Category Archives: Slightly off topic…

Never Say Never

FullSizeRenderI’ve come to accept the fact that I should never say never. In fact, as I get older, it seems that every time I shun some activity with the words “I’d never,” I immediately go ahead and do it. Examples include getting my fourth grader his own phone, leaving my kids alone overnight and buying a Happy Meal. Also, dark nail polish and platform sneakers. To really drive my point home: moments ago I agreed to a gruesome volunteer job that I swore I would never do again. I’m probably days away from getting a face tattoo.

Among my major “nevers” is playing games on my phone. I’ve devoted hours to nevering this never: why are so many of my smart, tax-paying friends sending me requests to play Candy Crush in the middle of the day? I have things to do and friends to see. I’m a person who is looking to steal extra time, not to kill it. For sure, I’d never sit and play a game on my phone. The shame alone would do me in.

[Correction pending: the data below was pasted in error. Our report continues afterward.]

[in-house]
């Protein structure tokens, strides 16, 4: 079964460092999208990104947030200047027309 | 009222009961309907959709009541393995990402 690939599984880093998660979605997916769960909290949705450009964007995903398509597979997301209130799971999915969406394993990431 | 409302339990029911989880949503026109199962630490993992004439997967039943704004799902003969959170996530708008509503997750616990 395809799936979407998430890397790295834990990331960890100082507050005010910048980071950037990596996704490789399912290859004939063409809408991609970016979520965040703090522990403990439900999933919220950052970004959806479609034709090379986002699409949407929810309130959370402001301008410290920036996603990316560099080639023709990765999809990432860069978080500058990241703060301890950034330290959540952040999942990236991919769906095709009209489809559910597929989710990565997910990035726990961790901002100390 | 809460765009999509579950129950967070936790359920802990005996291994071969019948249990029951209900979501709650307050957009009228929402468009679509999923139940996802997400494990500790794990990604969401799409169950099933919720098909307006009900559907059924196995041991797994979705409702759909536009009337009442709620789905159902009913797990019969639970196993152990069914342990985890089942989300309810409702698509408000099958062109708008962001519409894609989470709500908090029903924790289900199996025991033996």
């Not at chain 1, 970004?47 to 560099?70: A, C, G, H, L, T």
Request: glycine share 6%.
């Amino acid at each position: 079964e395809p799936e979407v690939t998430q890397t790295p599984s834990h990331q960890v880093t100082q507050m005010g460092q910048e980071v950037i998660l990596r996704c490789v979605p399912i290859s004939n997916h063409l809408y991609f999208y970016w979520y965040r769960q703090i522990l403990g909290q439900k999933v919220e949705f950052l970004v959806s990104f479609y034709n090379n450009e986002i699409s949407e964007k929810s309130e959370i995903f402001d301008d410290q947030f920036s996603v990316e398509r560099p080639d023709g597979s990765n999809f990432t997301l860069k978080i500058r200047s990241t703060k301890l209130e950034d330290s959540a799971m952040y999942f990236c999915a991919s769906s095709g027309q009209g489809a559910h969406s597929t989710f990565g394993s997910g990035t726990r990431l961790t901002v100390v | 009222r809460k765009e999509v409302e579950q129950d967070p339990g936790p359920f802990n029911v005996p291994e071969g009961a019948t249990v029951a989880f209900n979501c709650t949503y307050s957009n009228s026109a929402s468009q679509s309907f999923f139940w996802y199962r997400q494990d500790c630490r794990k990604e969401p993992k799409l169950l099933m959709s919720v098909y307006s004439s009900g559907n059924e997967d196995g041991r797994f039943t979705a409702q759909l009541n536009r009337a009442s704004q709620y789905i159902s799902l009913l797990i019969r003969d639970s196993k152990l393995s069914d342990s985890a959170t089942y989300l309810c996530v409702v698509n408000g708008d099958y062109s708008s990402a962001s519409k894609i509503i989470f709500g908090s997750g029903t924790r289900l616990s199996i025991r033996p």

So I was going on about this “never” to my son earlier this summer and decided to illustrate my conviction by showing him that I don’t even have a single game app on my phone. To prove me wrong, he poked around until he found Solitaire. Solitaire? Is that still a thing? I tapped on the app and opened it by accident as I assured him that it probably came standard like the clock and the weather app. I mean it’s not like I would have … Wait, I have three aces up and that red seven goes on that black eight and if I could just uncover a red queen I swear I could win this thing.

Fast forward and this, my friends, is how I spent my summer vacation – tapping on that stack of cards, praying for an ace. I’ve gotten very little actual work done. I’ve prepared very few meals. The pile of stuff for The Salvation Army is still in my car. But I’ve worked out a complex strategy to beat a game that relies mostly on luck and comes with no prize.